The president of the Shellharbour Game Fishing Club says a proposed wind farm off the coast of the Illawarra would be "catastrophic" for his club and sport, and plans to move away if the project goes ahead.
But other fishers and researchers have suggested that fish species could increase with the turbines creating hundreds of artificial reefs.
Jay McIlquham is the president of the Shellharbour Game Fishing Club and has been following the plans for the proposed wind farms and sharing them with the club since consultation opened in August.
Mr McIlquham believes if the proposal goes ahead, the impact on the club and his sport would be disastrous.
"It's going to be catastrophic for the game fishing industry," he said.
"If this goes ahead in the next 10 years, the Shellharbour Game Fishing Club won't be here anymore.
"If this goes through I'm actually going to move to WA."
The species that Mr McIlquham and the club target are predominantly marlin and tuna, pelagic fish that inhabit the ocean about 20 kilometres offshore.
This would place them right in the midst of the proposed offshore wind zone.
"You're taking 1000 square kilometres of our fishing ground out," Mr McIlquham said.
If recreational fishing boats were excluded from the area entirely, this would effectively shut down any prospect of game fishing as it currently operates.
But even if small vessels were allowed in the zone, exclusion zones around the turbines themselves would limit access, making the sport unviable, and changes to currents caused by displacement could shift fish behaviour.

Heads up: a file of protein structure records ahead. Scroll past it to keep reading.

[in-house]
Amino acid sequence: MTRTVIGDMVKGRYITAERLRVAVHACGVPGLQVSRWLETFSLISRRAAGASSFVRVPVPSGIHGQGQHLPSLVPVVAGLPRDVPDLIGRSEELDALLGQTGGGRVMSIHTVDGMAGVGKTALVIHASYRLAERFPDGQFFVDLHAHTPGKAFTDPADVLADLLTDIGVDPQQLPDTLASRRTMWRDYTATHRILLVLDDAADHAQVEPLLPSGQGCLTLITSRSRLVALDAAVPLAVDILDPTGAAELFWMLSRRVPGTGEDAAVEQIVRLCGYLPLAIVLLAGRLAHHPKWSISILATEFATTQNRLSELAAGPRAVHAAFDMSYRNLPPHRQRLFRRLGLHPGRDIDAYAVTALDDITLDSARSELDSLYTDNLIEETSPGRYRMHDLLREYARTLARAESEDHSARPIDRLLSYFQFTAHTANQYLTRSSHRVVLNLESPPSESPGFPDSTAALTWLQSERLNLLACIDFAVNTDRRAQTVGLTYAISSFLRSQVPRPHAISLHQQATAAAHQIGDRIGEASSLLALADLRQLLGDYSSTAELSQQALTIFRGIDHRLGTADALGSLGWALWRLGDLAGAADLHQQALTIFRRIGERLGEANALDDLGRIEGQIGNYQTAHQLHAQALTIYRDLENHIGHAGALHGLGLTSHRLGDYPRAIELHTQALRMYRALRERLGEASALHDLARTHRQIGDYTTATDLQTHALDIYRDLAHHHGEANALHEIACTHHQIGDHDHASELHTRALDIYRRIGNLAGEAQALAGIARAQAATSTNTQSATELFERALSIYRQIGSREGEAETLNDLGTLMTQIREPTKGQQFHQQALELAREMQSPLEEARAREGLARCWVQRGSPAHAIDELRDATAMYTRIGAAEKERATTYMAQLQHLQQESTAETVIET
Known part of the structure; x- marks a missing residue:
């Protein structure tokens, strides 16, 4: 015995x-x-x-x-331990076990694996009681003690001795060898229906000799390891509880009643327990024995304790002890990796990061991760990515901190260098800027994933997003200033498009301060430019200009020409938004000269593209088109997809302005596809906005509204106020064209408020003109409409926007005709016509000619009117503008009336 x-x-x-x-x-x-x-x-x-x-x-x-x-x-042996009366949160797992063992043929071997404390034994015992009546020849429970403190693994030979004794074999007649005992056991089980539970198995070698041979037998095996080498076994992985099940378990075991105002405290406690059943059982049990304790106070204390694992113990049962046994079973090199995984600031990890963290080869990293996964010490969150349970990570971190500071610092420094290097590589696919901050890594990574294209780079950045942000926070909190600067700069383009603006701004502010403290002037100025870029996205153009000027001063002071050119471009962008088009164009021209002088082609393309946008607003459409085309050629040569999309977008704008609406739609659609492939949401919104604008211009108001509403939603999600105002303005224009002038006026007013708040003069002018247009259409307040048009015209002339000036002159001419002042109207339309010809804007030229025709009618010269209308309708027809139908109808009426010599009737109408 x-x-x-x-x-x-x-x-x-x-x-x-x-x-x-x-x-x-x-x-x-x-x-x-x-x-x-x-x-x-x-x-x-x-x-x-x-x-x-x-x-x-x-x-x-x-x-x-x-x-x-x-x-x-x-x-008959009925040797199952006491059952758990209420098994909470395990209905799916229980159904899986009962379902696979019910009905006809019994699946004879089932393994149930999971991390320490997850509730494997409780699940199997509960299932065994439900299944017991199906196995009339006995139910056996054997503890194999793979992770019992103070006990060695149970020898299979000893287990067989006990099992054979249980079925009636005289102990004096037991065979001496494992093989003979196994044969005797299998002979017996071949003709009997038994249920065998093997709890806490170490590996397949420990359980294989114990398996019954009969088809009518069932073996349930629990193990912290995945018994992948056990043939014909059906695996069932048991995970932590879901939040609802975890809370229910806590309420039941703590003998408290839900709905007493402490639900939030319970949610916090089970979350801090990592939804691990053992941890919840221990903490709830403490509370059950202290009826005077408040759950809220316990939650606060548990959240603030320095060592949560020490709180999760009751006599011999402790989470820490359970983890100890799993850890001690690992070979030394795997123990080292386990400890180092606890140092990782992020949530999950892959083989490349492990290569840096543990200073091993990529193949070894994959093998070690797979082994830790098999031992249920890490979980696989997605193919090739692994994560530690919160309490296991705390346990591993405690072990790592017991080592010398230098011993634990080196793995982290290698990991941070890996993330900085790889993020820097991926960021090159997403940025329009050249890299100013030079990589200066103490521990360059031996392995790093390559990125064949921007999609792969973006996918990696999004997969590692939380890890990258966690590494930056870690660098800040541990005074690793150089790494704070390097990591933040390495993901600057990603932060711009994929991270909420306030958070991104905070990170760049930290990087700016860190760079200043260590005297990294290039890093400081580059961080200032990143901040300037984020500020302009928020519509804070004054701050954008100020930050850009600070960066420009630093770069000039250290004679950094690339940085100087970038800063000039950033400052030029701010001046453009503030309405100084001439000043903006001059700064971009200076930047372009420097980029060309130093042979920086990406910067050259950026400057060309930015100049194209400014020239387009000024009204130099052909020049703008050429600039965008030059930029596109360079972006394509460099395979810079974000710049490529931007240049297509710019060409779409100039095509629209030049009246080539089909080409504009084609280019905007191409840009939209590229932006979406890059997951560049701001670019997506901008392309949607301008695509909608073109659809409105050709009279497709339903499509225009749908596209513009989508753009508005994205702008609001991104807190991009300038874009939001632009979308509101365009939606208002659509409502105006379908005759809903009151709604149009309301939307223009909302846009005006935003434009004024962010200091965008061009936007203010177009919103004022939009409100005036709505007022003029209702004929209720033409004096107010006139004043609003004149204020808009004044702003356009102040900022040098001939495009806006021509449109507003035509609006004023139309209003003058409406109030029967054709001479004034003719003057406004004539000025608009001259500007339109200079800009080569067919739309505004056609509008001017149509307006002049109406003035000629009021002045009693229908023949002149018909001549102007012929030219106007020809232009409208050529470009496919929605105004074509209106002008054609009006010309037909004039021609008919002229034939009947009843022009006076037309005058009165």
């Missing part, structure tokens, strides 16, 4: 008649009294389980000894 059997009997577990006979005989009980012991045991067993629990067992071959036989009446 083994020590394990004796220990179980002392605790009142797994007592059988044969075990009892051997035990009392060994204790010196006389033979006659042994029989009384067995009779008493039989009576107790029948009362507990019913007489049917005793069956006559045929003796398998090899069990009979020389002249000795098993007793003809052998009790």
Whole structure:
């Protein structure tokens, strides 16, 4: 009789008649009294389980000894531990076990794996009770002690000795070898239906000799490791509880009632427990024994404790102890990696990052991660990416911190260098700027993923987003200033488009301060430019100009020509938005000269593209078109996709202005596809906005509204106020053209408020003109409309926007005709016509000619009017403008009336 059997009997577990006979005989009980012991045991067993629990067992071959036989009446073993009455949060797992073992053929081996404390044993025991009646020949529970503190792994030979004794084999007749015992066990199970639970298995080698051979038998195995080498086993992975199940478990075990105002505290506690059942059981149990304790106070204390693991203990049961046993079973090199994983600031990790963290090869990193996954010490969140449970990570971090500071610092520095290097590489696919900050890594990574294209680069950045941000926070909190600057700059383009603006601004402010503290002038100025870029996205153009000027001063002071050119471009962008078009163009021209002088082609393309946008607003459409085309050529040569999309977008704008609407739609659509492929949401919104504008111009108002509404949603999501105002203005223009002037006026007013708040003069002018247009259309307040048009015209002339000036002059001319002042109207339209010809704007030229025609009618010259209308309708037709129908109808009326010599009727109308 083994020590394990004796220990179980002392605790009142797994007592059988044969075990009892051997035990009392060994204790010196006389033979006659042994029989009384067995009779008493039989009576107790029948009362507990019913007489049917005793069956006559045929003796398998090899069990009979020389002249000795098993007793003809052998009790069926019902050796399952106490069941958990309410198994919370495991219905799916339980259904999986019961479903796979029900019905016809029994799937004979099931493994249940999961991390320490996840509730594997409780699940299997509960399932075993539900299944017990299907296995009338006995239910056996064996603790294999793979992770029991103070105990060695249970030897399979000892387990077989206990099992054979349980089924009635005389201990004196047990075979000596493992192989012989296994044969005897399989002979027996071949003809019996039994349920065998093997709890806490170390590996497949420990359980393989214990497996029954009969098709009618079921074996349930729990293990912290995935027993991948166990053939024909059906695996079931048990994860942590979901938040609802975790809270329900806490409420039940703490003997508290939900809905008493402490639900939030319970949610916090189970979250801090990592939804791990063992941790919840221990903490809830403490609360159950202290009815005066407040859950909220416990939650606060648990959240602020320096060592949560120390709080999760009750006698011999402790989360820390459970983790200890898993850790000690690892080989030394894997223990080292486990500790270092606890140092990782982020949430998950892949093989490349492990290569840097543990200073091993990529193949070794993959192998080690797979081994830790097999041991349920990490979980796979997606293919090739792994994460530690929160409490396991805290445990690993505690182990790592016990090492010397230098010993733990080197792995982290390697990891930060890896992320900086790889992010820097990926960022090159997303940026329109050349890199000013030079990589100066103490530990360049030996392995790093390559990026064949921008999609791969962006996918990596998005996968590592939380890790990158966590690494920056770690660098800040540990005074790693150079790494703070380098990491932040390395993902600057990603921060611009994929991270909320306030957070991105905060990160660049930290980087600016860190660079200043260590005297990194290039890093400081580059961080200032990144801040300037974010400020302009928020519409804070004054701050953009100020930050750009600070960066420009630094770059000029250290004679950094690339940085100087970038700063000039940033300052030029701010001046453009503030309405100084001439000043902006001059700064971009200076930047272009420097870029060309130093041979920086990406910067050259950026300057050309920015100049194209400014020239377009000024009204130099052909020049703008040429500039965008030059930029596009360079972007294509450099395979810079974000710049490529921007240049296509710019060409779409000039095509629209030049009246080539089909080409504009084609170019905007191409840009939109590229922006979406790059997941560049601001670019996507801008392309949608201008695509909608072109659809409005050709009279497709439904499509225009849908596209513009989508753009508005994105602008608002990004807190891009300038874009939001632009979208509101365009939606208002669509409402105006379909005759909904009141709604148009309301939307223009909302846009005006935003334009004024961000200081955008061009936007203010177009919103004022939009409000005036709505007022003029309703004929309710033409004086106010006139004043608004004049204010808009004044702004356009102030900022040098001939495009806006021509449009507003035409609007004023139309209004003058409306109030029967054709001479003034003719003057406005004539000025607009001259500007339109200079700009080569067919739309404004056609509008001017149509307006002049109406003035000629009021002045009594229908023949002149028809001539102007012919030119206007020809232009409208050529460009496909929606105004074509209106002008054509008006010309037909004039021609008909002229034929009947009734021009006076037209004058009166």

Documents produced by the federal department overseeing the wind zone process state that wind farm developers will have to co-exist alongside other industries, including fishing. Fishers that use trawling and longlines will be subject to exclusion around infrastructure, including towers and cables, the documents state.
UOW Associate Professor Michelle Voyer said there was evidence of recreational fishers and offshore wind farms co-existing overseas, but how this would work in the Illawarra's case was an open question.
"It will depend on how individual developers negotiate with communities around how close they can go to individual structures," she said.
No decision has been made on any exclusion zone for the Illawarra offshore wind zone.
Outside of the wind zone itself, researchers have suggested that anchor points, the floating foundations and chains could create artificial reefs and act as fish attraction devices, as had been observed internationally.
This prospect has encouraged recreational fisherman Simon Guerrera, who fishes up to about 10-15 kilometres offshore.
"It could turn it into a real fishing mecca," he said. "It could be something really special."
Mr Guerra said this effect could be particularly good for species such as snapper, who would be attracted to the baitfish that would come close to the turbines.
As consultation on the zone concludes, Professor Voyer said how users such as fishers could be accommodated in future offshore wind developers if a zone is declared would be a matter for further debate.
"We need to engage people in discussions about what they want to see and what they don't want to see," she said.
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